helped the Advisers in their negotiations if they worked as a team that they
Unfortunately, the Government is
still going about doing business with India with the same mindset and strategy.
The dispatch of the Advisers to New Delhi shows that it still does not see the
need to change its negotiating team although bipartisan view about the team is
that it does not have confidence of the nation. Meanwhile, at least one member of
the team has also become controversial.
Meanwhile both the issues that the
AL led Bangladesh Government needs to be delivered to get out of its current
predicament have become inextricably intertwined in the dynamics of India’s
domestic politics. When Sheikh Hasina had made the unilateral concessions on
India’s security needs and given it land transit on a trial basis, times were
better and our negotiators should have move moved quickly
to seek reciprocity instead of harping the Indian song to the people of
Bangladesh and wasting valuable time.
They should have also talked with
Mamata Banarjee and other stake holders instead of trusting New Delhi blindly. In retrospect, while the Advisers were singing
Indian praises and counting chickens from connectivity, Indian domestic
politics was changing with our negotiators blissfully unaware. Our negotiating
team, enamoured by the courtesies and warm words of New Delhi, did not feel the
need to look at Indian domestic politics. In the end, as the Indians had done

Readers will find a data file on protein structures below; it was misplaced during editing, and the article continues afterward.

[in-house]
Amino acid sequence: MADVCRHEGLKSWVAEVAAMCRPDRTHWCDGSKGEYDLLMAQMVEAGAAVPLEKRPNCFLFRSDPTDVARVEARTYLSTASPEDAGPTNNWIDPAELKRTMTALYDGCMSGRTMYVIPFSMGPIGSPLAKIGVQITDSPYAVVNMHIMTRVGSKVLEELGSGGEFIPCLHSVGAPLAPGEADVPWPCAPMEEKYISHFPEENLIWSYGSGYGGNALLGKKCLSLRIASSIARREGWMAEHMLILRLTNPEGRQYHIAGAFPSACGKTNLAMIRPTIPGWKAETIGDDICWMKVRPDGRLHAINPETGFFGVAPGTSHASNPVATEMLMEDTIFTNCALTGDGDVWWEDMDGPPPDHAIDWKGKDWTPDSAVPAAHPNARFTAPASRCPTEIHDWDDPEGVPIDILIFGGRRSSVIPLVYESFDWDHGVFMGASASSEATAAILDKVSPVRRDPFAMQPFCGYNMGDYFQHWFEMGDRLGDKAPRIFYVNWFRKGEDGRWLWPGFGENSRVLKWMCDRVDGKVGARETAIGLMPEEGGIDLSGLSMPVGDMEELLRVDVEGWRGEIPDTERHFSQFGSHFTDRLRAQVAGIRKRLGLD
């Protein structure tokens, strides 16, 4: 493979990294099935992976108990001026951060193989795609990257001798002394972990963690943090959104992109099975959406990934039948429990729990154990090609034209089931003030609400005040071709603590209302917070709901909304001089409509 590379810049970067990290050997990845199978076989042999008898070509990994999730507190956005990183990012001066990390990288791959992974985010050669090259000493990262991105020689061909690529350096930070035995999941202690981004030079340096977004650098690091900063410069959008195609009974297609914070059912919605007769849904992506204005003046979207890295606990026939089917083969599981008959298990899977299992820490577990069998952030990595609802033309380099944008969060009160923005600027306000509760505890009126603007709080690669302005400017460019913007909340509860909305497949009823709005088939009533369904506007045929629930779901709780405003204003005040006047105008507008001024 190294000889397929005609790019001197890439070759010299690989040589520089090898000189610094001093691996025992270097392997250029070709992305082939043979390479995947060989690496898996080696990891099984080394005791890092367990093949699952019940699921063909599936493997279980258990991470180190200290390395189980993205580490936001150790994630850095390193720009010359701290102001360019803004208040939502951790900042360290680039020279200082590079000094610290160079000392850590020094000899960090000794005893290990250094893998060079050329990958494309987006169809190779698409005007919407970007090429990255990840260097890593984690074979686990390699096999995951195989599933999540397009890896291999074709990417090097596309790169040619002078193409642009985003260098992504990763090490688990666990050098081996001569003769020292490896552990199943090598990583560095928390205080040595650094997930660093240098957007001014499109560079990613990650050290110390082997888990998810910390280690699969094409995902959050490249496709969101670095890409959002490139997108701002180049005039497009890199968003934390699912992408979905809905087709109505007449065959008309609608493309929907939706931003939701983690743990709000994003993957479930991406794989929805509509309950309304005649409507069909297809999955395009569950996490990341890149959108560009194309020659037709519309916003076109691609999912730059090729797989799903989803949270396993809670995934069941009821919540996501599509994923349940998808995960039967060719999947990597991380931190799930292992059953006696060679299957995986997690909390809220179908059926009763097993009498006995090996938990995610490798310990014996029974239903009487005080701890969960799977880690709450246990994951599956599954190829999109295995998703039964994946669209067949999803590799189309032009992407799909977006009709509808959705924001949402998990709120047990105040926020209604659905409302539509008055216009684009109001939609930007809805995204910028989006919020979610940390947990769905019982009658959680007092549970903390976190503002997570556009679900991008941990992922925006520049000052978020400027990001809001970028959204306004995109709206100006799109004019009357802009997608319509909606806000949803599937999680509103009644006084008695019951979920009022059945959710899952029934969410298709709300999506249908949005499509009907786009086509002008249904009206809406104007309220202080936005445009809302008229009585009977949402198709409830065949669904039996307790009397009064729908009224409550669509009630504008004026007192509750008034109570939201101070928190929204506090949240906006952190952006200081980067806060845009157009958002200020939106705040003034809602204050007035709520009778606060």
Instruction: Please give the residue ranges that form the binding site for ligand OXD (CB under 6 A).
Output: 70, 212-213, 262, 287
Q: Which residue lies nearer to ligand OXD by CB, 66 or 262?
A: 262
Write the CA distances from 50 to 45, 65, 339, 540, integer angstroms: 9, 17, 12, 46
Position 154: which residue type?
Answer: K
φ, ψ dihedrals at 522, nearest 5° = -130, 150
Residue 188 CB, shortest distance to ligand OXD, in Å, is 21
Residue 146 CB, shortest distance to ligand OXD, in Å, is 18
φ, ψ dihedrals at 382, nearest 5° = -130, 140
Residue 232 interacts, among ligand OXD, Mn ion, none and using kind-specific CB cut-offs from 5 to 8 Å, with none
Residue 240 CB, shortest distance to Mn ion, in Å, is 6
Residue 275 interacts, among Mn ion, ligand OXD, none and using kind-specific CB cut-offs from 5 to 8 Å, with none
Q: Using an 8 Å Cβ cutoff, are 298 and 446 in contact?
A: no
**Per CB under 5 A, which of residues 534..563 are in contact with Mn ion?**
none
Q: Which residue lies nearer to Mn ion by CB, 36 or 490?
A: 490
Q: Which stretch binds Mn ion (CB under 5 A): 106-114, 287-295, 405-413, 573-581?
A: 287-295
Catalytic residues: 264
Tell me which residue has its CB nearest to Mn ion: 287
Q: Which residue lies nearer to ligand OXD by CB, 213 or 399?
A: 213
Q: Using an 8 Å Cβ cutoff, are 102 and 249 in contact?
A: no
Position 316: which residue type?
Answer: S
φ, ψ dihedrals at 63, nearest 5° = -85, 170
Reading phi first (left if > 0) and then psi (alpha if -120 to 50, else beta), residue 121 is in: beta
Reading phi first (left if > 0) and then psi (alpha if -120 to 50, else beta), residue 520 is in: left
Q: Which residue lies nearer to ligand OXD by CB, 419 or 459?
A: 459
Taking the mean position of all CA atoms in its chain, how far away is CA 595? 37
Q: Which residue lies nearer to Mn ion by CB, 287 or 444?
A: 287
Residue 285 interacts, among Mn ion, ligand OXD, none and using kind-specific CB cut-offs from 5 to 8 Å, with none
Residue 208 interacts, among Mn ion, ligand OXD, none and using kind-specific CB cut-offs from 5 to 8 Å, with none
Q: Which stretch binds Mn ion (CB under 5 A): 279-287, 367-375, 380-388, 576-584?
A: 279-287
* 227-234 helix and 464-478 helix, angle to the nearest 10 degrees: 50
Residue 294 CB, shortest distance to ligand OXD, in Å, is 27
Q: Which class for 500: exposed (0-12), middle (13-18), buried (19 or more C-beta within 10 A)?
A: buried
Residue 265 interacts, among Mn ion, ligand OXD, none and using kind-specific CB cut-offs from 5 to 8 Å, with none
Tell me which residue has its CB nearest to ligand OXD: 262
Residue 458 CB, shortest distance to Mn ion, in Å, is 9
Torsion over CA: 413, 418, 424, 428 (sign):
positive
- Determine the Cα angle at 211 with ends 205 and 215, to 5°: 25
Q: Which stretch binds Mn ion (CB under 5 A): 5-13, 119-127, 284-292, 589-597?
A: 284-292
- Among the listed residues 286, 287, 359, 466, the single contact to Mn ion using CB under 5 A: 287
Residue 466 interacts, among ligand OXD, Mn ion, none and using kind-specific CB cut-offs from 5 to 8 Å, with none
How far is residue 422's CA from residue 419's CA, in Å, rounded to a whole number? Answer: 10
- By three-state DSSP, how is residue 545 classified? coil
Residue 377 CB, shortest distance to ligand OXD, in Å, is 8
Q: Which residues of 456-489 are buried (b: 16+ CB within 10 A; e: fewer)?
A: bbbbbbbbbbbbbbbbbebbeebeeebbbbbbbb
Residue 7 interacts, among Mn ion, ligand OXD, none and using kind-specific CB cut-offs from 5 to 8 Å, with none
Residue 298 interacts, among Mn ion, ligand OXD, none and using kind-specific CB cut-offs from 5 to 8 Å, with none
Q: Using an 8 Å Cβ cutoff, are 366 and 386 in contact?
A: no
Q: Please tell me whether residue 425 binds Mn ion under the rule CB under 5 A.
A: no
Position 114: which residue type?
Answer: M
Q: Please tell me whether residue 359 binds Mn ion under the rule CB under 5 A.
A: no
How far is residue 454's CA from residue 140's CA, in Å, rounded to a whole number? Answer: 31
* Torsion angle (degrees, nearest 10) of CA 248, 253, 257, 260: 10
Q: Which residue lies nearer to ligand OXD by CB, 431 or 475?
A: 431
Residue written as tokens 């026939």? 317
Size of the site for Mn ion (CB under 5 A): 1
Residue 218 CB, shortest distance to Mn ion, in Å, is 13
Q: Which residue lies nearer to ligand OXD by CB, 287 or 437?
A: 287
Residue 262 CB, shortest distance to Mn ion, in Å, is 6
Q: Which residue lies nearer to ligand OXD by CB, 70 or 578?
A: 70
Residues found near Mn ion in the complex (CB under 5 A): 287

with the Indira-Mujib Agreement of 1974; it merely used the excuse of domestic
compulsions to retract on its commitment.
The two Advisers and the Foreign
Minister should now do themselves a favour. They should look back upon their
roles and ask themselves on what basis they made the promises to the people of
Bangladesh on India’s good will. If they
are sincere to themselves, they will find out that despite the Prime Minister’s
loss of patience and the difficult predicament of AL on the “India factor”, India
really did not make the commitments categorically on either Teesta or the land
boundary agreement. Our negotiators
assumed that India had made the
commitments for reasons they alone can explain.
India now wants to deliver the
Teesta deal and ratify the land boundary agreement because it desperately needs
the land transit and continued cooperation on security where Bangladesh has
withdrawn land transit and no longer as enthusiastic on security cooperation as
before. Unfortunately, in the last one year, the dynamics of India’s domestic
politics have weakened the hands of New Delhi to deliver on either of the two major
commitments to help the AL Government out of its present predicament on the
“India factor”. No wonder then that
neither in Dhaka nor in New Delhi the anniversary of Manmohon Singh’s visit to
Bangladesh was news for any optimism.
The writer is a former Ambassador to Japan.
Anniversary of Indian PM’s visit: Bangladesh awaits India to deliver